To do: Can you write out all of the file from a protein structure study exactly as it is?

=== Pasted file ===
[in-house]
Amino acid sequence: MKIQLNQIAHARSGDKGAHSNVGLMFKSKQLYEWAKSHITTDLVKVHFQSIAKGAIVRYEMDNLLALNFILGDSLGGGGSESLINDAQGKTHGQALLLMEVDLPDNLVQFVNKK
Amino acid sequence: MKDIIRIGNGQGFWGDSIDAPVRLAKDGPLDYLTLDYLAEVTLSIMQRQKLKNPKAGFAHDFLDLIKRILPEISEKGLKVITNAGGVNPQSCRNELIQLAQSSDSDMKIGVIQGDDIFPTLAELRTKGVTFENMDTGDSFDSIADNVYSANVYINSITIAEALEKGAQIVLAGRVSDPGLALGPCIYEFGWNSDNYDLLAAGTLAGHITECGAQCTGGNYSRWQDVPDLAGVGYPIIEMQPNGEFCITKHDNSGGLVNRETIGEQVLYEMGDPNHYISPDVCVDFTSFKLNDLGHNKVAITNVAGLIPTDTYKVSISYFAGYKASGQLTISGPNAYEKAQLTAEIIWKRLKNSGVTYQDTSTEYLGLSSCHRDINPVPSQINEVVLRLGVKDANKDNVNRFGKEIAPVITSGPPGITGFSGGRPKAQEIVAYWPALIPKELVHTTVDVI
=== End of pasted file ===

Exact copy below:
[in-house]
Amino acid sequence: MKIQLNQIAHARSGDKGAHSNVGLMFKSKQLYEWAKSHITTDLVKVHFQSIAKGAIVRYEMDNLLALNFILGDSLGGGGSESLINDAQGKTHGQALLLMEVDLPDNLVQFVNKK
Amino acid sequence: MKDIIRIGNGQGFWGDSIDAPVRLAKDGPLDYLTLDYLAEVTLSIMQRQKLKNPKAGFAHDFLDLIKRILPEISEKGLKVITNAGGVNPQSCRNELIQLAQSSDSDMKIGVIQGDDIFPTLAELRTKGVTFENMDTGDSFDSIADNVYSANVYINSITIAEALEKGAQIVLAGRVSDPGLALGPCIYEFGWNSDNYDLLAAGTLAGHITECGAQCTGGNYSRWQDVPDLAGVGYPIIEMQPNGEFCITKHDNSGGLVNRETIGEQVLYEMGDPNHYISPDVCVDFTSFKLNDLGHNKVAITNVAGLIPTDTYKVSISYFAGYKASGQLTISGPNAYEKAQLTAEIIWKRLKNSGVTYQDTSTEYLGLSSCHRDINPVPSQINEVVLRLGVKDANKDNVNRFGKEIAPVITSGPPGITGFSGGRPKAQEIVAYWPALIPKELVHTTVDVI